Proto-Anatolians: from the Southern Caucasus or the Balkans?

anatolian-lba-kingdoms-hatti

There has been some renewed interest lately in the origin of Proto-Anatolians, because of the recent lecture by Petra Goedegebuure, associate professor of Hittitology at the University of Chicago: Anatolians on the Move: From Kurgans to Kanesh, given at the Oriental Institute (Feb 5 2020).

I will try to comment on her lecture with a critical view of some of her ideas, keeping in mind reasons for one or the other potential routes, which we can for the moment simplify as Gimbutas’ (1965, 1993) eastern route through the Caucasus vs. Anthony’s (2007, 2015) … Read the rest “Proto-Anatolians: from the Southern Caucasus or the Balkans?”

Expansion of haplogroup G2a in Anatolia possibly associated with the Mature Aceramic period

anatolian-hunter-gatherer-sampling

Preprint Late Pleistocene human genome suggests a local origin for the first farmers of central Anatolia, by Feldman et al. bioRxiv (2018).

Interesting excerpts (emphasis mine):

Anatolian hunter-gatherers experienced climatic changes during the last glaciation and inhabited a region that connects Europe to the Near East. However, interactions between Anatolia and Southeastern Europe in the later Upper Palaeolithic/Epipalaeolithic are so far not well documented archaeologically. Interestingly, a previous genomic study showed that present-day Near-Easterners share more alleles with European hunter-gatherers younger than 14,000 BP (‘Later European HG’) than with earlier ones (‘Earlier European HG’). With ancient genomic data available,

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Migrations in the Levant region during the Chalcolithic, also marked by distinct Y-DNA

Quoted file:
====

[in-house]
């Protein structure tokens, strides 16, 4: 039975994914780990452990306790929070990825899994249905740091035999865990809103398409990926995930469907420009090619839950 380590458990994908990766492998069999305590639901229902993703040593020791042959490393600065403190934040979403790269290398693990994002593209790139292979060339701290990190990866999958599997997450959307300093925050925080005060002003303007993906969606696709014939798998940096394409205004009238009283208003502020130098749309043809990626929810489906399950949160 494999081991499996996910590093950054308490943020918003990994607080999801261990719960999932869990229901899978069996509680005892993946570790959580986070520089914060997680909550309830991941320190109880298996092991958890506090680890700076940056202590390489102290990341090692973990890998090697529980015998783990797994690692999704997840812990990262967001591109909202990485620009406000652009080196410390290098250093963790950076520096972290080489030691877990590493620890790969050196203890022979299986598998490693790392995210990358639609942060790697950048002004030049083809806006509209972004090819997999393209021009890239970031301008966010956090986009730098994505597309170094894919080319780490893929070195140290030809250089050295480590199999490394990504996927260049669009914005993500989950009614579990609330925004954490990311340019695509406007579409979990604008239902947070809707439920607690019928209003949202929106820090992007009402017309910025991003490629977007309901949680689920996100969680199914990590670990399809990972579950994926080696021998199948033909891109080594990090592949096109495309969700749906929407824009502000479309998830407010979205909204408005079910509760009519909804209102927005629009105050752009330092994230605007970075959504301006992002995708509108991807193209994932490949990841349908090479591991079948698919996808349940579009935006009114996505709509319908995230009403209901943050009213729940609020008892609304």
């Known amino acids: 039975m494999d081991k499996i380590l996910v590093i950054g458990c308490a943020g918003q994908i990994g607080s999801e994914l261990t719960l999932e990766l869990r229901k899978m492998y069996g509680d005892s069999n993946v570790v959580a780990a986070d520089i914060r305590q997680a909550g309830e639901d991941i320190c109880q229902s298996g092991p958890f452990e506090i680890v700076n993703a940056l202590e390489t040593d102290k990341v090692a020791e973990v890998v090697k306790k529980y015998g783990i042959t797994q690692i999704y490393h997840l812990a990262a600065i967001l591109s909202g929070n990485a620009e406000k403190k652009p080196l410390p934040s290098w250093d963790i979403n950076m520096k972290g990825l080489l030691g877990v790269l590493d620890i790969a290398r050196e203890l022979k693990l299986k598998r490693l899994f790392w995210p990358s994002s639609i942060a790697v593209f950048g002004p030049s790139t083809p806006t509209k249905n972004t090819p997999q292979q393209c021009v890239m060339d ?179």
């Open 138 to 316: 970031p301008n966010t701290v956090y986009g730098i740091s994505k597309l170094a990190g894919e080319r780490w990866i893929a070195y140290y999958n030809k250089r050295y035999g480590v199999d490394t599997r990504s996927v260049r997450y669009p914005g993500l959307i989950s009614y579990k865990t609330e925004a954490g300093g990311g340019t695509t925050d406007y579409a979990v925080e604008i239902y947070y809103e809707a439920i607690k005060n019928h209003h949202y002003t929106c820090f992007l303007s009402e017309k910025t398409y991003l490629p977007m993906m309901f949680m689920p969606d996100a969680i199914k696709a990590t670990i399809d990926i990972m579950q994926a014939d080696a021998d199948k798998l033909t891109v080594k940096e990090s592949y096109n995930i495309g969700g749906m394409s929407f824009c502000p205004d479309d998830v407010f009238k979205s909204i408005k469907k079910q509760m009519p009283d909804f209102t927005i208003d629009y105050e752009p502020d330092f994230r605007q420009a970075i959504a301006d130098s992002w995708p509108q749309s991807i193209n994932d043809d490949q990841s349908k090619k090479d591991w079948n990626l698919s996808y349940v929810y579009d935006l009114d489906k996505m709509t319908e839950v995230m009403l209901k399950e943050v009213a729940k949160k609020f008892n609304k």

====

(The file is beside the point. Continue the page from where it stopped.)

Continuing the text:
halaf-ubaid-migrations

Open access Ancient DNA from Chalcolithic Israel reveals the role of population mixture in cultural transformation, by Harney et al. Nature Communications (2018).

Interesting excerpts (emphasis mine, reference numbers deleted for clarity):

Introduction

The material culture of the Late Chalcolithic period in the southern Levant contrasts qualitatively with that of earlier and later periods in the same region. The Late Chalcolithic in the Levant is characterized by increases in the density of settlements, introduction of sanctuaries, utilization of ossuaries in secondary burials, and expansion of public ritual practices as well as an efflorescence of symbolic motifs sculpted and

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Expansion of domesticated goat echoes expansion of early farmers

goat-neolithic

New paper (behind paywall) Ancient goat genomes reveal mosaic domestication in the Fertile Crescent, by Daly et al. Science (2018) 361(6397):85-88.

Interesting excerpts (emphasis mine):

Thus, our data favor a process of Near Eastern animal domestication that is dispersed in space and time, rather than radiating from a central core (3, 11). This resonates with archaeozoological evidence for disparate early management strategies from early Anatolian, Iranian, and Levantine Neolithic sites (12, 13). Interestingly, our finding of divergent goat genomes within the Neolithic echoes genetic investigation of early farmers. Northwestern Anatolian and Iranian human Neolithic genomes are also divergent (14–16),